#5 (5) – Hunter X Hunter – (8.6/10)

Oh yes! With this month, Hunter X Hunter has really set itself apart from the rest of the shounen series. The Yorkshin arc has finally fully started and it’s great to see Kurapika in the spotlight. It’s great to see people actually working on jobs and acting that way.

#4 (4) – Hyouka – (8.6/10)

This month featured the conclusion for the school festival arc, and I have to say that Hyouka surpassed itself there, making the best with its focus on mundane mysteries. The stories that followed were also really good, making great use of the character-development that has been established at this point.

#3 (3) – Eureka Seven Ao – (8.75/10)

This show is confusing, to the point where I often find myself forgetting important plot points of episodes ago, but I kindof like that about this series and how it doesn’t want to hold your hand along the way. It also still has the best action of the season and the characters still keep this one going really strong.

#2 (1) – Uchuu Kyoudai – (9.1/10)

The only fault of this show is that sometimes, it is paced a bit too slowly. But heck, with how incredible the cast of characters has become, I really don’t mind that at all. The conclusion of the third round worked incredibly well and managed to bring the entire cast together, only ending with the message that we haven’t even started yet.

#1 (2) – Natsuyuki Rendezvous – (9.1/10)

This show knows what it is. This month really showed that it makes perfect use of its length of only 11 episodes with how much focus it puts on just one plot twist. This was wonderfully acted once again, and it already had some amazing pay-off as of episode 09. Heck, at this point I’m pretty certain that this will be somewhere in my top 2 of 2012.

Posted on with categories: Natsuyuki Rendezvous

Natsuyuki Rendezvous, I applaud you! That was magnificent!

Now this is really how you do a dramatic climax. There was so much emotion in it, yet it was wonderfully restrained. The acting here was just brilliant. Everything in this episode was just leading up to that one moment in which Rokka would realize that for some reason Atsushi is back in Hazuki’s body, and they did so brilliantly.

The way they built it up also was amazing. Whilst Rokka was catching up to Atsushi (which is believable considering his mind has no affinity with being fast in any way), this episode kept showing flashbacks of the most memorable moments that the two of them shared together, which this series very nicely saved specifically for just this moment (now that I mention it: we never saw the flashback of the actual moment in which Atsushi died, right? That’s a wonderful touch right there for this series).

Beyond that I also really want to applaud the dialogue for this episode: that was some really well written stuff, miles away from the usual cliches. It felt fresh and captured the characters perfectly in how it described them. It also flowed so well with the actual animation. This episode didn’t feel like “okay, and now we have a bit of exposition”, but all the scenes flowed into each other, and did so incredibly smoothly. Dogakobo, where have you been hiding this talent for all this time?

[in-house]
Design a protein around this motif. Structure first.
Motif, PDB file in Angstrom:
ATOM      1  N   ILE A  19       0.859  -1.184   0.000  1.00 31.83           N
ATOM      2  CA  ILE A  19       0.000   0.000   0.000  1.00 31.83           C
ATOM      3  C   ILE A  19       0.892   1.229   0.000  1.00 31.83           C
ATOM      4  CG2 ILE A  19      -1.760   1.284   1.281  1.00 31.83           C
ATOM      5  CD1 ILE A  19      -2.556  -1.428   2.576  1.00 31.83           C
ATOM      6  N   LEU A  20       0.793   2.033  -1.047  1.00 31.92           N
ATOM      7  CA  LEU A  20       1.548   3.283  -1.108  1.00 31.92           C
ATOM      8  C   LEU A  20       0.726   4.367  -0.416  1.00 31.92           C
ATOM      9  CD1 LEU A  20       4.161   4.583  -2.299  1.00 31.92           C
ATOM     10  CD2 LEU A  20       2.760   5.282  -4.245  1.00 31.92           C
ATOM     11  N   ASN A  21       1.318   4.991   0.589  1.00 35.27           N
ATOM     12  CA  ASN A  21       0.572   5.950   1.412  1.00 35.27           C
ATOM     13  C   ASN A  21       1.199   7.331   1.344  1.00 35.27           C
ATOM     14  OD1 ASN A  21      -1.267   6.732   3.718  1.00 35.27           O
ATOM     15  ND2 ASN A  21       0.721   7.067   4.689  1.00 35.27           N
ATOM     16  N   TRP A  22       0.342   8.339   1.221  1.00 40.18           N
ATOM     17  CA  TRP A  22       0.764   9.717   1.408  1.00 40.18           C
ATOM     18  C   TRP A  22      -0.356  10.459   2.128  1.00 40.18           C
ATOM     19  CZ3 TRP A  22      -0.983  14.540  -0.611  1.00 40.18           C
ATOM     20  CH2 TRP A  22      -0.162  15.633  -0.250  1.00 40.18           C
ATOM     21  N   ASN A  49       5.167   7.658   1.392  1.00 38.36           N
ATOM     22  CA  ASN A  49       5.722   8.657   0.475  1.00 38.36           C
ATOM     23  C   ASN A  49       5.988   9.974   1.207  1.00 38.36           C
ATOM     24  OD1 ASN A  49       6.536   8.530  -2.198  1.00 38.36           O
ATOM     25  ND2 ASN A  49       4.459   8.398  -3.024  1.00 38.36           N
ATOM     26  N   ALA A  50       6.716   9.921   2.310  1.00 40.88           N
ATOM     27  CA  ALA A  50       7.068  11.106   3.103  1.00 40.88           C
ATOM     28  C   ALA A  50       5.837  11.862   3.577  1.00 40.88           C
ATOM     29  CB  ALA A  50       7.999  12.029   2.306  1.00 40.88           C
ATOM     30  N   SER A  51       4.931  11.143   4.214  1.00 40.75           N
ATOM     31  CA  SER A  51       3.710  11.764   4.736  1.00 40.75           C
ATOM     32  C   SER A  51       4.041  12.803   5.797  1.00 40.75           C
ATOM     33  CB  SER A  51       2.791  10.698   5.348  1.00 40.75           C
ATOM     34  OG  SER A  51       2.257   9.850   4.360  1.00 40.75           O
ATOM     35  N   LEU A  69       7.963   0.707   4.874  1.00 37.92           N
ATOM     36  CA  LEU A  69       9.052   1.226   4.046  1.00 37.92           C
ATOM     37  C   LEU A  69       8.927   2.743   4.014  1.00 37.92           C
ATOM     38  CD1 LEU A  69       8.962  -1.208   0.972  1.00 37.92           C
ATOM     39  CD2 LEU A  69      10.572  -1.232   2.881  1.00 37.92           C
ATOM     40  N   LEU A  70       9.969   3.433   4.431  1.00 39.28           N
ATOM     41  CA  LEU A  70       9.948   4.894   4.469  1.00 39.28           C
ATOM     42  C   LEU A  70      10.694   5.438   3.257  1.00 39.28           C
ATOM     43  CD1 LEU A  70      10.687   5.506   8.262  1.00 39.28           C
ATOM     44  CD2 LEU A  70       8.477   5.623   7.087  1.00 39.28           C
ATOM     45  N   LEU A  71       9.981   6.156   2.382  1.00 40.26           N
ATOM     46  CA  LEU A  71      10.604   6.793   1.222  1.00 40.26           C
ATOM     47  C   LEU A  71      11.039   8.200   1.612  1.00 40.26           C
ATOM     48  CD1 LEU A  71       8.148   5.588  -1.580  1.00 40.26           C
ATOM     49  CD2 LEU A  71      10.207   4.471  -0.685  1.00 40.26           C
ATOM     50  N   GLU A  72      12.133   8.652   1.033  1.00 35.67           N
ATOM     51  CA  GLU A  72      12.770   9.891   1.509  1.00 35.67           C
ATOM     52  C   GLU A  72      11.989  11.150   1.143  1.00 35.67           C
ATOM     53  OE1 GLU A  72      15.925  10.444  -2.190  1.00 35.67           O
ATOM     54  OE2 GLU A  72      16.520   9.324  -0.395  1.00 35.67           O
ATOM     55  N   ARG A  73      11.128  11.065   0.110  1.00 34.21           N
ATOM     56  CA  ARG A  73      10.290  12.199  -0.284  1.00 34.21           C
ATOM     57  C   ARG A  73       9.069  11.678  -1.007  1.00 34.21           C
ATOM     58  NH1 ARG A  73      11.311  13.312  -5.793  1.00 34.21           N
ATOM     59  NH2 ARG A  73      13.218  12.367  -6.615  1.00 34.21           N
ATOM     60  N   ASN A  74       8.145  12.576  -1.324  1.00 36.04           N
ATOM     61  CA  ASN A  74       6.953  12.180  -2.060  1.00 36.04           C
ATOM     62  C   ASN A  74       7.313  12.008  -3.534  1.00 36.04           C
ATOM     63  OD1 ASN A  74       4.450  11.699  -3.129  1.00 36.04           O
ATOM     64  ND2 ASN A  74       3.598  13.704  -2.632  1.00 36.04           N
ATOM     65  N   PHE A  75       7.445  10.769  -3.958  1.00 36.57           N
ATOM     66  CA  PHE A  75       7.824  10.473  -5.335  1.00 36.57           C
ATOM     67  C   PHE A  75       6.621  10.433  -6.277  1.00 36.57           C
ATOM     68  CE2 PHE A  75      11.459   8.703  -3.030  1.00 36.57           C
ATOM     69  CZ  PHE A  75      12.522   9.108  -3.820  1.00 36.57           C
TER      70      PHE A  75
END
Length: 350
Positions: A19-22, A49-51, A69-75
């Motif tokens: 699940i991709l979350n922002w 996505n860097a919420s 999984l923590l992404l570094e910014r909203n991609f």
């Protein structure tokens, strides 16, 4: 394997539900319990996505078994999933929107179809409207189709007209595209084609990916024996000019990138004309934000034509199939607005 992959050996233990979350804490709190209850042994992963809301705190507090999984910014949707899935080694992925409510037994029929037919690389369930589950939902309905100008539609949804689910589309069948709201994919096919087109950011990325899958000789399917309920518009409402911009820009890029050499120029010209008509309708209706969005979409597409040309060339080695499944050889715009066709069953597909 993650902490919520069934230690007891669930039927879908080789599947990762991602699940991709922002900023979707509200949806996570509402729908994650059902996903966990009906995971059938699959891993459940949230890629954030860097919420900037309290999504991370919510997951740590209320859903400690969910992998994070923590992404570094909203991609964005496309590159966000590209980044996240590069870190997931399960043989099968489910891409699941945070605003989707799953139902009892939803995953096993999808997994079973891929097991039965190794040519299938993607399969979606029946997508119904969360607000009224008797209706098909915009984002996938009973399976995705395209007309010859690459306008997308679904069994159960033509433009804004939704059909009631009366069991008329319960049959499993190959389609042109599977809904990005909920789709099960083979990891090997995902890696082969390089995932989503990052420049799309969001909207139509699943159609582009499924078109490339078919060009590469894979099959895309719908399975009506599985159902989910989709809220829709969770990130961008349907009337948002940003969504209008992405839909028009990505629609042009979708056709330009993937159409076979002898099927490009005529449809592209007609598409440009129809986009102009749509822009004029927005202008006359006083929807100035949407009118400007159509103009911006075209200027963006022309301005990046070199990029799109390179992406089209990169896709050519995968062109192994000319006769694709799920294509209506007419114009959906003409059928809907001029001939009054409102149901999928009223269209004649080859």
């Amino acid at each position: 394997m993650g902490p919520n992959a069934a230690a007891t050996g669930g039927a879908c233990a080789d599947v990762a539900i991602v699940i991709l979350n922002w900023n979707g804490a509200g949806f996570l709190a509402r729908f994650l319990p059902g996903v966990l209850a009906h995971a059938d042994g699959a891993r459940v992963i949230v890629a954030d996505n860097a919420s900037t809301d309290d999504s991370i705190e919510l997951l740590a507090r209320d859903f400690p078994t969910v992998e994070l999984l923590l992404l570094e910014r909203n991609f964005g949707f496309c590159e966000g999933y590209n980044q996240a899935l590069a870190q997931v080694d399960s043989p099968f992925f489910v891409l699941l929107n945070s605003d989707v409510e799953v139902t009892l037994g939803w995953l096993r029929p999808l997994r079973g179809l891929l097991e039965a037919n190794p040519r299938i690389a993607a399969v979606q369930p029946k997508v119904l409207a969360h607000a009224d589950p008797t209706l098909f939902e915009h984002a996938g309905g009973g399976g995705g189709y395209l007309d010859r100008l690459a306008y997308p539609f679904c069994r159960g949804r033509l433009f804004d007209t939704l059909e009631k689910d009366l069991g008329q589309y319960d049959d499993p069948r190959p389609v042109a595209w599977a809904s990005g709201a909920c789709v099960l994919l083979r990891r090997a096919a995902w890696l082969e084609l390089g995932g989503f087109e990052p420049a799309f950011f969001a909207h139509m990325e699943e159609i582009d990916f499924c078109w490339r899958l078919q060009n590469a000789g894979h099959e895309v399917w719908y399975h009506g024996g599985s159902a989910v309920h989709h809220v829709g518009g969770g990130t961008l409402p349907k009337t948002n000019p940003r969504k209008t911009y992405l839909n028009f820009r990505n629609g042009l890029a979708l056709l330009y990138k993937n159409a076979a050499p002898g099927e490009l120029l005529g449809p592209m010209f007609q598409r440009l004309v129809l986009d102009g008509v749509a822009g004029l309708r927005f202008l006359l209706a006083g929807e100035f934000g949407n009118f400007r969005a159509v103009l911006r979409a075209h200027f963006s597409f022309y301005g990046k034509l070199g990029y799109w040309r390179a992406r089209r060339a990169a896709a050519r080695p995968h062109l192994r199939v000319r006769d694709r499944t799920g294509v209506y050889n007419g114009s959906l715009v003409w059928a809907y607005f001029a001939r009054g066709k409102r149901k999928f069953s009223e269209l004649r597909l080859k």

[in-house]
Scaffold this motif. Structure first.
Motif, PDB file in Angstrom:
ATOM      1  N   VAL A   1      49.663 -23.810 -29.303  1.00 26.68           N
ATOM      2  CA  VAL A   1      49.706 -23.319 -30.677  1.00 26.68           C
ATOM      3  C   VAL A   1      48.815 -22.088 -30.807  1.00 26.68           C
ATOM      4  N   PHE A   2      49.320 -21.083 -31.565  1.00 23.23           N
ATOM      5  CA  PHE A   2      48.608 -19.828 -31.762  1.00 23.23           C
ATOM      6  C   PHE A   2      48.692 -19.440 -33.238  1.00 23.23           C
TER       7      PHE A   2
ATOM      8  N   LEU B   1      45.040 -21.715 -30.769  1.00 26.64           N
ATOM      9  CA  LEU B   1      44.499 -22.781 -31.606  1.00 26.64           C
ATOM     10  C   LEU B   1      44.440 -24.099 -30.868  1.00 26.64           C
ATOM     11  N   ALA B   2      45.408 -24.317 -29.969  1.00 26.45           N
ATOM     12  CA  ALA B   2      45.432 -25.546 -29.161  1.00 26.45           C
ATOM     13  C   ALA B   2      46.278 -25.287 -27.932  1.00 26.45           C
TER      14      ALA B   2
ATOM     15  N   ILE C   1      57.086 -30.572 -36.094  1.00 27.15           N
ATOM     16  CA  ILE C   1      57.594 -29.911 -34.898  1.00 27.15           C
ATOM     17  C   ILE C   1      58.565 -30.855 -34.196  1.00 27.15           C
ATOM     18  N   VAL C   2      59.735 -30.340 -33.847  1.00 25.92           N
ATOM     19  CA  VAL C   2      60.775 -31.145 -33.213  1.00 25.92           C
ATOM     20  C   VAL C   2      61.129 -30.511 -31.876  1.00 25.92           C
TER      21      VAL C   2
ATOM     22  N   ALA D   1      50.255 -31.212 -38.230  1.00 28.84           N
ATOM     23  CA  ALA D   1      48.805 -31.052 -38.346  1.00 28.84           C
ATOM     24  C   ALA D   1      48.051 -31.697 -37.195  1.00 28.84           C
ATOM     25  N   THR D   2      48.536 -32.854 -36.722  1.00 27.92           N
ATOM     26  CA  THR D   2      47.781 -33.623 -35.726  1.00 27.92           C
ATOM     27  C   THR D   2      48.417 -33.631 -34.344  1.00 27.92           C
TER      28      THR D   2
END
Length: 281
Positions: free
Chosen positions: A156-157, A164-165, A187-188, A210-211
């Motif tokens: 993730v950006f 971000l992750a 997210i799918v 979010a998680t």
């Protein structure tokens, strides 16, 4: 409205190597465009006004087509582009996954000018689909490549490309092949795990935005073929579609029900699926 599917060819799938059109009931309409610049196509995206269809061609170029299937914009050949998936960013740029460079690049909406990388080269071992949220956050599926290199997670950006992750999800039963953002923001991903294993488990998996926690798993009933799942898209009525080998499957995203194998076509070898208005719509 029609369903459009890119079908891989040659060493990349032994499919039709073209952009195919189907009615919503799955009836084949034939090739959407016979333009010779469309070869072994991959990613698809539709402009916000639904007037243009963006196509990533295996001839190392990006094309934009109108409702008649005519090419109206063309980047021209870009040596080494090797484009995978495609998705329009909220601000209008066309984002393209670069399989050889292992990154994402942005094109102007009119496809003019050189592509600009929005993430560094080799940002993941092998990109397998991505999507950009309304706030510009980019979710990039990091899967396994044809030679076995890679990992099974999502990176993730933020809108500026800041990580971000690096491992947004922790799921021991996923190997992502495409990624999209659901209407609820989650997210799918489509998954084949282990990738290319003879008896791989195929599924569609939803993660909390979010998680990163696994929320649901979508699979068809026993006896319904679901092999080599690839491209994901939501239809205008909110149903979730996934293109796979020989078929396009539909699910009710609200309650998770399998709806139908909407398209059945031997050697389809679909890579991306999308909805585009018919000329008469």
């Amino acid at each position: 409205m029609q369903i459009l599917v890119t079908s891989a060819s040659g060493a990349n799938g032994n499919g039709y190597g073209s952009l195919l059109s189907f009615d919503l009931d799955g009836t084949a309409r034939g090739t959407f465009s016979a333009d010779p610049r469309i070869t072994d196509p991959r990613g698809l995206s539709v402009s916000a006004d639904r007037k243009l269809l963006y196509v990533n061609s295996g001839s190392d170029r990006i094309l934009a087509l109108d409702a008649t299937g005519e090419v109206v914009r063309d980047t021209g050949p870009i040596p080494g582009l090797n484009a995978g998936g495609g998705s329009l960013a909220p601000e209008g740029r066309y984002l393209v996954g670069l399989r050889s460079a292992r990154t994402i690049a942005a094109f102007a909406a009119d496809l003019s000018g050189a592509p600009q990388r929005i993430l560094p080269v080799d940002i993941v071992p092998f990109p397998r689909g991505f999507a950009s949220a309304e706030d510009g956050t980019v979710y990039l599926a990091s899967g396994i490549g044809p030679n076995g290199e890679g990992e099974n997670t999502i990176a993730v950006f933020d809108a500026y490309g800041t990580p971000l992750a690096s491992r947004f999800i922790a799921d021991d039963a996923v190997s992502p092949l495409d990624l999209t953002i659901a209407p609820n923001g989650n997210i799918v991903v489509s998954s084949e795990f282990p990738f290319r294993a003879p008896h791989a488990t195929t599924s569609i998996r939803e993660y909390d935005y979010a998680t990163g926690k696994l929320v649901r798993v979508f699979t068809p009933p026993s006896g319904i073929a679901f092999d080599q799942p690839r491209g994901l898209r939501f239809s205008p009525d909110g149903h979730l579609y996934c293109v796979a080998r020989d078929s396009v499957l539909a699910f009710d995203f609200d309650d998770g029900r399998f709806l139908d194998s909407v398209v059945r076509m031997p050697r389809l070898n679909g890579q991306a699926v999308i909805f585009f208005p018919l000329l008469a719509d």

Rating: 7/8 (Fantastic)

Posted on 30 August 2012 with categories: Moyashimon

This episode had something: chemistry. It’s the kind of chemistry that drew me into the second season of Moyashimon in the first place, and that had been unfortunately absent for a string of three or four episodes. I’m glad to see it back again.

It’s hard to describe what made this episode work, but the variety had a lot to do with it, how everyone split up in three groups that all did their own stuff, and how whimsical this all happened. There was one part romance, one part comedy and one part character-study and they went togehter really well. The animators also were quite good with their camera angles this week, which also really helped in bringing the cast alive.

I feel that this episode was really needed to keep this show from getting stale. The story from the blond girl about inheriting her family’s business: it was different from the usual things. You know, parents pushing their businesses down onto their children without much more detail. The story of her father and how her entire family is involved: I like that. Especially after watching so many episodes in which Haruka’s story was nothing really more than “girl gets forced to marry against her will”. That also got a bit more detail. It still is a bit stale compared to the wine girl, but at the very least it isn’t so damn cliched anymore.
Rating: 5/8 (Great)

Posted on 28 August 2012 with categories: Uta Koi

Sei Shonagon again, this time with the focus on her actual romance. This definitely was an episode for dialogue, because the two of them loved making quibs to each other and there were a lot of tongues in cheeks this week, along with nice historical details like how hats played such an important role in those days.

A difference between this episode was that it wasn’t necessarily about the constraining environment in which people lived back then, but instead it showed a different side of how things went on for the nobles and poets of those days. Sei Shonagon is a woman who has enough influence over people to make a difference.